According to a state-funded task panel, China should boost air quality requirements since persistent smog continues to have a serious public health impact despite recent advances.
China’s air quality has significantly improved since a smog-fighting operation began in 2013. According to official data, average concentrations of microscopic, dangerous airborne particles known as PM2.5 decreased by roughly half from 2015 levels to 30 micrograms per cubic metre last year.
While China met its intermediate target of 35 micrograms, it is still considerably above the World Health Organization’s recommended 5-microgram limit (WHO). Smog levels near 200 micrograms are still present in several sections of the industrial north, particularly in the winter.
The task force commissioned by China’s national pollution research program concluded on Friday that Beijing needed to amend national air pollution regulations and improve legislative protections for human health.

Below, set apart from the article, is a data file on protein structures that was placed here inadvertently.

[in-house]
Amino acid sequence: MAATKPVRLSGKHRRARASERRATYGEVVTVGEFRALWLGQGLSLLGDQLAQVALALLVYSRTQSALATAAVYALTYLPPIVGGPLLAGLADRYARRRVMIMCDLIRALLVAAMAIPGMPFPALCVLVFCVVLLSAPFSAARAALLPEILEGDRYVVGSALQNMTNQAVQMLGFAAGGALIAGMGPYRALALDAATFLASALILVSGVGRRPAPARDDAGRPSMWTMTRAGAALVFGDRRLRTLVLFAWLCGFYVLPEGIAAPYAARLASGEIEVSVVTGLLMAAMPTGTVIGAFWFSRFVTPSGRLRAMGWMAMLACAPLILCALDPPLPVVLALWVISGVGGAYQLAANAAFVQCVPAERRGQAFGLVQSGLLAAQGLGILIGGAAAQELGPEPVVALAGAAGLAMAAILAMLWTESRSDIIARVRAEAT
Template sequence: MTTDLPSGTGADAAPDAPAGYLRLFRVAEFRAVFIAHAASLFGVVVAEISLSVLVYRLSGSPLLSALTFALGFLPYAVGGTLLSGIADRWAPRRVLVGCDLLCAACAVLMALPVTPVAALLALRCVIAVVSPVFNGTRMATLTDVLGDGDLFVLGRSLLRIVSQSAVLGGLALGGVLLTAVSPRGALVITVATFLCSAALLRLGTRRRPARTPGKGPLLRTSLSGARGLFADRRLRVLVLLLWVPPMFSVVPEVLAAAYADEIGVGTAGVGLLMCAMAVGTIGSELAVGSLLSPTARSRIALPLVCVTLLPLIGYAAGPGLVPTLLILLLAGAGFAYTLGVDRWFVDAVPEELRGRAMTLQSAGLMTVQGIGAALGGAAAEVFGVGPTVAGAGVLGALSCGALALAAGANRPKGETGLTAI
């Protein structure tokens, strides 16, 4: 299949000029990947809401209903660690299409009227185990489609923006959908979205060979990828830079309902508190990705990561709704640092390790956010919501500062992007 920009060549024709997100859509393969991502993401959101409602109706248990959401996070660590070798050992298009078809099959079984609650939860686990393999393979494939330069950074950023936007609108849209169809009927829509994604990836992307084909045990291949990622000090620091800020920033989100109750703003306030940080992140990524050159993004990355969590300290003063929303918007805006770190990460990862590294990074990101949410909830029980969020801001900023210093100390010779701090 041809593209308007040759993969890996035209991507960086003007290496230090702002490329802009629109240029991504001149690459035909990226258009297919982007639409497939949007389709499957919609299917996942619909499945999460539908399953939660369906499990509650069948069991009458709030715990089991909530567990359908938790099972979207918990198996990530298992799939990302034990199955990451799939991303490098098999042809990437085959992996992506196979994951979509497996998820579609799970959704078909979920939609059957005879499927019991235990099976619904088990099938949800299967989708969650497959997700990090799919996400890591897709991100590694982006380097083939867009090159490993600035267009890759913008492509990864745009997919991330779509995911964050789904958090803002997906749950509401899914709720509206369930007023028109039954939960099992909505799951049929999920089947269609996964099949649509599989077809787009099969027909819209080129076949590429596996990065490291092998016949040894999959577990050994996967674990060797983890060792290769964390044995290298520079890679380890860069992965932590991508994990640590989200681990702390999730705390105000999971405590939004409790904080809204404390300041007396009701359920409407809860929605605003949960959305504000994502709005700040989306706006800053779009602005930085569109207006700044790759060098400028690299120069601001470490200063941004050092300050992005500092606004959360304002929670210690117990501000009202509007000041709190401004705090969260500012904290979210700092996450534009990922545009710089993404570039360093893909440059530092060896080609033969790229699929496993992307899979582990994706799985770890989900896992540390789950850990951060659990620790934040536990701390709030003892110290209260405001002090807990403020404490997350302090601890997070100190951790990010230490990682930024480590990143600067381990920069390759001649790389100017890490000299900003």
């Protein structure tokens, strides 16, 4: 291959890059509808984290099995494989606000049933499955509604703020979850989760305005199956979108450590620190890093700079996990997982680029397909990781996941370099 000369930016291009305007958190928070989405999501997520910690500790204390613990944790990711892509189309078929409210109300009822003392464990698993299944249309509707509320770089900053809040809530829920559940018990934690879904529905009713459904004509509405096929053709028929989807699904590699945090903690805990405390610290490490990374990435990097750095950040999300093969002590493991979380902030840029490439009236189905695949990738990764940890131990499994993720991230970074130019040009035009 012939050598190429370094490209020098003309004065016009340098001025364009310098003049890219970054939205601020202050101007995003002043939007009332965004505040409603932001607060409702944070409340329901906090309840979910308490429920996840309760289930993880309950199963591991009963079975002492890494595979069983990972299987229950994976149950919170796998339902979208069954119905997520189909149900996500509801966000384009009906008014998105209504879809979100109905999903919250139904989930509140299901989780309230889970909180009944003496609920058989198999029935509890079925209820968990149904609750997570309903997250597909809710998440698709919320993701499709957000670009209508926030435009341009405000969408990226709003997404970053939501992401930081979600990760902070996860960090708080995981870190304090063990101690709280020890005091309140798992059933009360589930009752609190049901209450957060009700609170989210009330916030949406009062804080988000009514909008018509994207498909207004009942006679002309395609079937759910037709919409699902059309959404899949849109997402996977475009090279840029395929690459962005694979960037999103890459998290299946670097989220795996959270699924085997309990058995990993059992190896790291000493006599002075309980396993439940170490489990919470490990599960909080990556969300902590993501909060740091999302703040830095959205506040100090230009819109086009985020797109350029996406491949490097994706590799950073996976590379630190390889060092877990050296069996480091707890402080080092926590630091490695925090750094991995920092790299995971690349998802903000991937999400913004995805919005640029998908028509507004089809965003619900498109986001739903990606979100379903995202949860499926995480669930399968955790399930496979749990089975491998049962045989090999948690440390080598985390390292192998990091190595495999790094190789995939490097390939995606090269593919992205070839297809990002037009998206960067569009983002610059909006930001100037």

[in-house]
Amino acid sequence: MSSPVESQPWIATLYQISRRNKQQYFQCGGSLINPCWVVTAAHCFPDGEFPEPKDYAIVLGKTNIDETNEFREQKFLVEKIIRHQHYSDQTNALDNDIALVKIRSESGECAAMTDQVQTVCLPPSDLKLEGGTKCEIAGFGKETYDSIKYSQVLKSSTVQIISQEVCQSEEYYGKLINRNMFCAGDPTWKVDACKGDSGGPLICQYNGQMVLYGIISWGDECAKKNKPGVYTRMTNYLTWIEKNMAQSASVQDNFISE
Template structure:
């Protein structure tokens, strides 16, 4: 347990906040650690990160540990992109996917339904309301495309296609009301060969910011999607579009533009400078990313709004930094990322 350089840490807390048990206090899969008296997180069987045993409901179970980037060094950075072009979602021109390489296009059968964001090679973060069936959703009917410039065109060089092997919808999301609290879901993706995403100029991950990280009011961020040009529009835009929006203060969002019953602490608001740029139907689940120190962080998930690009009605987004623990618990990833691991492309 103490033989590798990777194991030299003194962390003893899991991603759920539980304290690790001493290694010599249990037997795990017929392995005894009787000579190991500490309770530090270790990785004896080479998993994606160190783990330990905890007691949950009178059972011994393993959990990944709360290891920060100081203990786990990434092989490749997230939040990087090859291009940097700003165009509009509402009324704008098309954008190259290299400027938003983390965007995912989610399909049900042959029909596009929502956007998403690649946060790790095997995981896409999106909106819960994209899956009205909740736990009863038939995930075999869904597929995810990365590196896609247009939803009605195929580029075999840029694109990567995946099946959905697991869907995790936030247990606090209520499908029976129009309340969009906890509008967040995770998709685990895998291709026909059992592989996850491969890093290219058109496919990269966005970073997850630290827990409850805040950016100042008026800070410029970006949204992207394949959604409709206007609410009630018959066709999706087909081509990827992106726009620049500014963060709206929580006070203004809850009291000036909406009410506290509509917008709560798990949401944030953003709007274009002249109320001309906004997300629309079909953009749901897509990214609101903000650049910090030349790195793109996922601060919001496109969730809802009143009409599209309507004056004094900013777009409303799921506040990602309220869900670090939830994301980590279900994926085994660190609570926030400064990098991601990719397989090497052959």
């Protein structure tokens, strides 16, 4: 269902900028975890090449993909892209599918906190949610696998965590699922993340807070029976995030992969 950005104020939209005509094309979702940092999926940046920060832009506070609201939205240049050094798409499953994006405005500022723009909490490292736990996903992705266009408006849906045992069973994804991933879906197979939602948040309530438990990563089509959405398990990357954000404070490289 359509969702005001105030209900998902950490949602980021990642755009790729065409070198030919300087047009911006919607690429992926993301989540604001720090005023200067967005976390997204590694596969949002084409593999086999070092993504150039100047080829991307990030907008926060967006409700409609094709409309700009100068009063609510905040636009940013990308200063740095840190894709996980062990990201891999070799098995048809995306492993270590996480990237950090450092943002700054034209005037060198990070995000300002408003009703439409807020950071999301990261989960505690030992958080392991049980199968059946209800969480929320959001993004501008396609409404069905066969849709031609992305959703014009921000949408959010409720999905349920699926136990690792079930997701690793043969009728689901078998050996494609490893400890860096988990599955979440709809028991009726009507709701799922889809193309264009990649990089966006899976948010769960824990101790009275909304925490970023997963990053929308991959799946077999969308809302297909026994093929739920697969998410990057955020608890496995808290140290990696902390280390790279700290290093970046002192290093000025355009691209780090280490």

“The acute health risk of ambient PM2.5 pollution usually means that short-term exposure to PM2.5… may cause acute damage to the body, trigger the onset of symptoms or diseases (primarily cardiovascular or respiratory disease), and lead to premature death and a series of adverse health effects,” the report stated.
According to the findings, each 10-microgram rise is related with a 0.34 percent increase in the chance of respiratory disease hospitalization.
It urged the government to develop clean energy, improve industries, and reduce transportation pollution, noting that China’s objective of carbon neutrality was critical to meeting WHO recommendations.
It urged for better data and a more systematic investigation of air pollution’s health consequences, particularly the influence of “key hazardous components” on human biomarkers.
According to the Global Burden of Disease Study, a program operated by the University of Washington, air pollution caused roughly 1.4 million premature deaths in China in 2019.